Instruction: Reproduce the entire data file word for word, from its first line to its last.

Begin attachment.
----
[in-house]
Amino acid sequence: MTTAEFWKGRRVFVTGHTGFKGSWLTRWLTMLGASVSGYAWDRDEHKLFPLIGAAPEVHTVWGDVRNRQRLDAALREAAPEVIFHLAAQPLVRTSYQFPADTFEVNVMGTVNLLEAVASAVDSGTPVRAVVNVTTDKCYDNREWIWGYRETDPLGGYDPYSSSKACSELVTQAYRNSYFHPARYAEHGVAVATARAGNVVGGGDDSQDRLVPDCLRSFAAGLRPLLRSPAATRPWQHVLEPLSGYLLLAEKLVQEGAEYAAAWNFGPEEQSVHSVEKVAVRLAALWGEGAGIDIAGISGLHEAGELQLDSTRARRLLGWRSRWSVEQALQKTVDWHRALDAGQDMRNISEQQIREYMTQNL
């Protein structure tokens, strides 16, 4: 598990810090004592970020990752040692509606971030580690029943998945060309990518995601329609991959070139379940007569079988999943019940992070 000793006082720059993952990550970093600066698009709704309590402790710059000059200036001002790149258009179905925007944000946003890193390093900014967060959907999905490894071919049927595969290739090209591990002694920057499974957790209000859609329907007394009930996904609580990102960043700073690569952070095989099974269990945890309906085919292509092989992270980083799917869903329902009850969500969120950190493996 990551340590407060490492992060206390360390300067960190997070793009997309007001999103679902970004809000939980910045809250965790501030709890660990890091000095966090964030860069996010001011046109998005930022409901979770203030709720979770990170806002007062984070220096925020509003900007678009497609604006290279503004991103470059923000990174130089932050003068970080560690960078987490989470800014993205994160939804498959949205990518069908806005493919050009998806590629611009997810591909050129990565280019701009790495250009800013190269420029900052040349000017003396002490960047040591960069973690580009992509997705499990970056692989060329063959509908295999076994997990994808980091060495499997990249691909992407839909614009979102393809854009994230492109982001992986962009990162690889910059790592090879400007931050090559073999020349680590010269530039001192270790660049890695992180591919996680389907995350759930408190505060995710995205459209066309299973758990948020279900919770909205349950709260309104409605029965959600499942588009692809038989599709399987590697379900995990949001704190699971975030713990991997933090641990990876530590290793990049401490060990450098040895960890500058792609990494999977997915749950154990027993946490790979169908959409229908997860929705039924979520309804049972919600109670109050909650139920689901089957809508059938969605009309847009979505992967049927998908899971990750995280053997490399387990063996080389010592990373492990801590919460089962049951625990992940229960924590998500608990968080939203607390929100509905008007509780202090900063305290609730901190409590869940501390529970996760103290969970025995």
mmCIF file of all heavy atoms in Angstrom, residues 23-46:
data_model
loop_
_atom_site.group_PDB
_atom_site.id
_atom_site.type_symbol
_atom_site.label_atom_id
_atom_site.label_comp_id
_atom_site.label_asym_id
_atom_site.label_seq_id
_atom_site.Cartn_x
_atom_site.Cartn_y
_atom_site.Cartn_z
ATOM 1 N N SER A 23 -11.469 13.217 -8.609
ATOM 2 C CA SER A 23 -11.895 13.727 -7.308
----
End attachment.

[in-house]
Amino acid sequence: MTTAEFWKGRRVFVTGHTGFKGSWLTRWLTMLGASVSGYAWDRDEHKLFPLIGAAPEVHTVWGDVRNRQRLDAALREAAPEVIFHLAAQPLVRTSYQFPADTFEVNVMGTVNLLEAVASAVDSGTPVRAVVNVTTDKCYDNREWIWGYRETDPLGGYDPYSSSKACSELVTQAYRNSYFHPARYAEHGVAVATARAGNVVGGGDDSQDRLVPDCLRSFAAGLRPLLRSPAATRPWQHVLEPLSGYLLLAEKLVQEGAEYAAAWNFGPEEQSVHSVEKVAVRLAALWGEGAGIDIAGISGLHEAGELQLDSTRARRLLGWRSRWSVEQALQKTVDWHRALDAGQDMRNISEQQIREYMTQNL
């Protein structure tokens, strides 16, 4: 598990810090004592970020990752040692509606971030580690029943998945060309990518995601329609991959070139379940007569079988999943019940992070 000793006082720059993952990550970093600066698009709704309590402790710059000059200036001002790149258009179905925007944000946003890193390093900014967060959907999905490894071919049927595969290739090209591990002694920057499974957790209000859609329907007394009930996904609580990102960043700073690569952070095989099974269990945890309906085919292509092989992270980083799917869903329902009850969500969120950190493996 990551340590407060490492992060206390360390300067960190997070793009997309007001999103679902970004809000939980910045809250965790501030709890660990890091000095966090964030860069996010001011046109998005930022409901979770203030709720979770990170806002007062984070220096925020509003900007678009497609604006290279503004991103470059923000990174130089932050003068970080560690960078987490989470800014993205994160939804498959949205990518069908806005493919050009998806590629611009997810591909050129990565280019701009790495250009800013190269420029900052040349000017003396002490960047040591960069973690580009992509997705499990970056692989060329063959509908295999076994997990994808980091060495499997990249691909992407839909614009979102393809854009994230492109982001992986962009990162690889910059790592090879400007931050090559073999020349680590010269530039001192270790660049890695992180591919996680389907995350759930408190505060995710995205459209066309299973758990948020279900919770909205349950709260309104409605029965959600499942588009692809038989599709399987590697379900995990949001704190699971975030713990991997933090641990990876530590290793990049401490060990450098040895960890500058792609990494999977997915749950154990027993946490790979169908959409229908997860929705039924979520309804049972919600109670109050909650139920689901089957809508059938969605009309847009979505992967049927998908899971990750995280053997490399387990063996080389010592990373492990801590919460089962049951625990992940229960924590998500608990968080939203607390929100509905008007509780202090900063305290609730901190409590869940501390529970996760103290969970025995």
mmCIF file of all heavy atoms in Angstrom, residues 23-46:
data_model
loop_
_atom_site.group_PDB
_atom_site.id
_atom_site.type_symbol
_atom_site.label_atom_id
_atom_site.label_comp_id
_atom_site.label_asym_id
_atom_site.label_seq_id
_atom_site.Cartn_x
_atom_site.Cartn_y
_atom_site.Cartn_z
ATOM 1 N N SER A 23 -11.469 13.217 -8.609
ATOM 2 C CA SER A 23 -11.895 13.727 -7.308